Forty-three years ago, Kevin Bubriski joined the Peace Corps and was sent to Nepal. He’d recently graduated from college and was looking for adventure, yet was unaware of the lifelong relationship he’d develop with the country. Over time, his infatuation with Nepal grew into a deep attachment to its culture, language and geography, with a special interest in the far northwest of the country.

Through his travels— Bubriski visits Nepal yearly, often for months— he’s witnessed significant changes in the landscape and culture due to climatological shifts, including deglaciation and a nearly 25 percent reduction in Himalayan glacier mass over the past 30 years. A professional photographer, Bubriski’s primary focus has been capturing the lifestyle and experiences of the Nepalese people within the context of climate change. His work exposes a raw, organic and moving perspective of the people who inhabit Nepal.

PLATE 52 GHAMI TO DHAKMAR One chörten of many in a field of merit Image #1998 2 (Source: Kevin Bubriski/”Mustang: In Black and White“).

It was a fateful email sent to Bubriski from Sienna Craig, an associate professor of anthropology at Dartmouth College in New Hampshire, that inspired a new collaboration between the two on Nepalese photography, culture and history, “Mustang: In Black and White,” published by Vajra Books in 2018.  

Their book displays Bubriski’s artistic and antiqued photographs juxtaposed with Craig’s poetic and evocative text. Much of Craig’s research has focused on Nepal and the Tibetan areas of China, where she studies “traditional” medical systems and their cultural meanings. Bubriski’s framing of images exposing the intimate spaces of Mustang elucidate Craig’s cultural and historical framing in the text.

Alluding to the interplay of Bubriski’s photography and her own research in Mustang, Craig writes, “When you enter the inner passages of this place, you are framed by history.”

PLATE 66 TSARANG Fluted cliffs hang like a canopy above the village Image# 2584 (Source: Kevin Bubriski/”Mustang: In Black and White“).

When Bubriski first began photographing Nepal, he documented his travels with a conventional 35mm black and white camera, eventually moving on to a much larger 4×5 inch format in the 1980s. By 2015, though Bubriski’s photographic style remained consistent with his past work, he’d embraced new technological advances in photography: he began using an iPhone.

In an interview with GlacierHub, Bubriski said much of his invariable photographic style, as expressed using multiple photographic methods over time, was driven by how the eye views composition and arrangement naturally; how the eye is accustomed to the square and how he intends his photographs to contain an “interplay between all parts of the image area.”

Reflecting on his previous photographic methods, Bubriski recounts, “Upon returning to my darkroom in the United States, I would see the images on the film brought to life through the tedious meticulous development process.” Alluding to the transition from one process to another, he writes of his conversion to the iPhone, “Now we have the incredible magic of the smart phone delivering our photos to us as we make them.” Seizing on the immediacy made possible by the iPhone, for this new book, Bubriski set out to photograph Nepal once again, mimicking the style of the old, with the technology of the new.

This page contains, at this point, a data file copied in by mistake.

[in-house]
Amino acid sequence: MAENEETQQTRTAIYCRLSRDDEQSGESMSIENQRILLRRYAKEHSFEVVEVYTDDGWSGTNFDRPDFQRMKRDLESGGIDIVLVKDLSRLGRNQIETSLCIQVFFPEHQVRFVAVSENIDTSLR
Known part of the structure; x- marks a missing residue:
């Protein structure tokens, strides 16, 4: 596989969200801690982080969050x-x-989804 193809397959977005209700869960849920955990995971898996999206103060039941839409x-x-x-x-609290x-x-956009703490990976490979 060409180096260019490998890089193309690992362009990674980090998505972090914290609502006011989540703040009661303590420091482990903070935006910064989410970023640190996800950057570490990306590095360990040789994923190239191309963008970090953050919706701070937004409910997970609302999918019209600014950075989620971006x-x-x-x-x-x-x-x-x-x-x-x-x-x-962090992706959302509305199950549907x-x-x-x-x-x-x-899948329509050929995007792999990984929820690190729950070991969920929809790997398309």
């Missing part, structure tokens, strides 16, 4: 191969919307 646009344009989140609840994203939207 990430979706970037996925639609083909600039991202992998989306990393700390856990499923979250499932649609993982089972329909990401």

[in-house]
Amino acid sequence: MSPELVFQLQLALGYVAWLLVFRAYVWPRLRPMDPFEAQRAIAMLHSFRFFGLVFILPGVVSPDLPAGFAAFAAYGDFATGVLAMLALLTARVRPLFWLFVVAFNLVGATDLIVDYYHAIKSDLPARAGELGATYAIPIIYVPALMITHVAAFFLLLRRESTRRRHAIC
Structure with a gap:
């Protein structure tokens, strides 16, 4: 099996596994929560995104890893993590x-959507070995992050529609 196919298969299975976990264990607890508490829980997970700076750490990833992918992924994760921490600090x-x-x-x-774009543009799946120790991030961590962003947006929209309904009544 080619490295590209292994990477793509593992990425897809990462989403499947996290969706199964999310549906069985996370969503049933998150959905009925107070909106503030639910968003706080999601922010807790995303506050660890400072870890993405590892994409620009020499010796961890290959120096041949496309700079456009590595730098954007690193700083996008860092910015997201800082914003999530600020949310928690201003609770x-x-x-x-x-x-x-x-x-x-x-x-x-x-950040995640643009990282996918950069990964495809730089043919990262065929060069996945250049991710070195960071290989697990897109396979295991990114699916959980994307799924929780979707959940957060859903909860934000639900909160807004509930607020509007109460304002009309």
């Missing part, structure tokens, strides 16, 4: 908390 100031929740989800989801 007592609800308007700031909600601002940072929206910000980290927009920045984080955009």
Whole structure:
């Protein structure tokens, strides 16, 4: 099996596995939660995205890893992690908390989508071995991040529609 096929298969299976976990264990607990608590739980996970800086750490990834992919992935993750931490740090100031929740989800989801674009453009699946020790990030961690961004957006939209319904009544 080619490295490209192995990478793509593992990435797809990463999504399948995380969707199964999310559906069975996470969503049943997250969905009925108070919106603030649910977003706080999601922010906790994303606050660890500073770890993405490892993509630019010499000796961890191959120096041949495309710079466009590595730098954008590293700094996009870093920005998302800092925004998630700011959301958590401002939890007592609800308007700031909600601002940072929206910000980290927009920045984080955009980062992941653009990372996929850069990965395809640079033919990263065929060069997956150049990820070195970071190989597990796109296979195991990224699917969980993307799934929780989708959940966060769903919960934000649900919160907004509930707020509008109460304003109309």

“Virtually every object in Mustang bears the sign of ritual activity: from hand-dug cave systems to ruined hilltop castles, from densely clustered villages to isolated temples, from propitiatory piles of yak horns to the sophisticated cosmology of the chorten.” — Robert Powell, Earth Door, Sky Door: Paintings of Mustang Image # 1176 (Source: Kevin Bubriski/”Mustang: In Black and White“)

Historically, Mustang used to be a kingdom unto itself, maintaining its own governance and monarchy. In 2008, the monarchy of Mustang, historically called the “Kingdom of Lo,” was abolished by the government of Nepal when the country became a federal democratic republic. Despite this change in status, the people of Mustang revere their history and culture of independence. They now exist at the border between their old world and the new one thrust upon them.

Of this cultural duality, Craig writes “there is an unevenness to this part of Mustang, a feeling of liminality and insularity. Perhaps this sense is some affective correlate to geographic and social reality.”

This theme of connecting time and space is also drawn out in Bubriski’s photography. He admits to being fascinated by photographing ladders. He says ladders “thematically connect space,” and we see in one photo how the ladders connect the inner world of the cave, up to the outer world of the community. Much of the mountainous geography of Mustang, Nepal, is accessed and bounded by ladders in and out of different spaces— just as the community moves in and out of cultural spaces forced by changing politics, changing borders and changing climate.

Up and through an ancient cave complex. Image #3149 (Source: Kevin Bubriski/”Mustang: In Black and White“).

Bubriski and Craig’s journey, recorded in text and image, implores readers to reconsider how they see the world. Nothing is lost through their colorless photographs and text. Instead, much is revealed. Through the absence of color, we become privy to a secret world colored by the minds of its readers.

Their book can be ordered from Vajra Publications.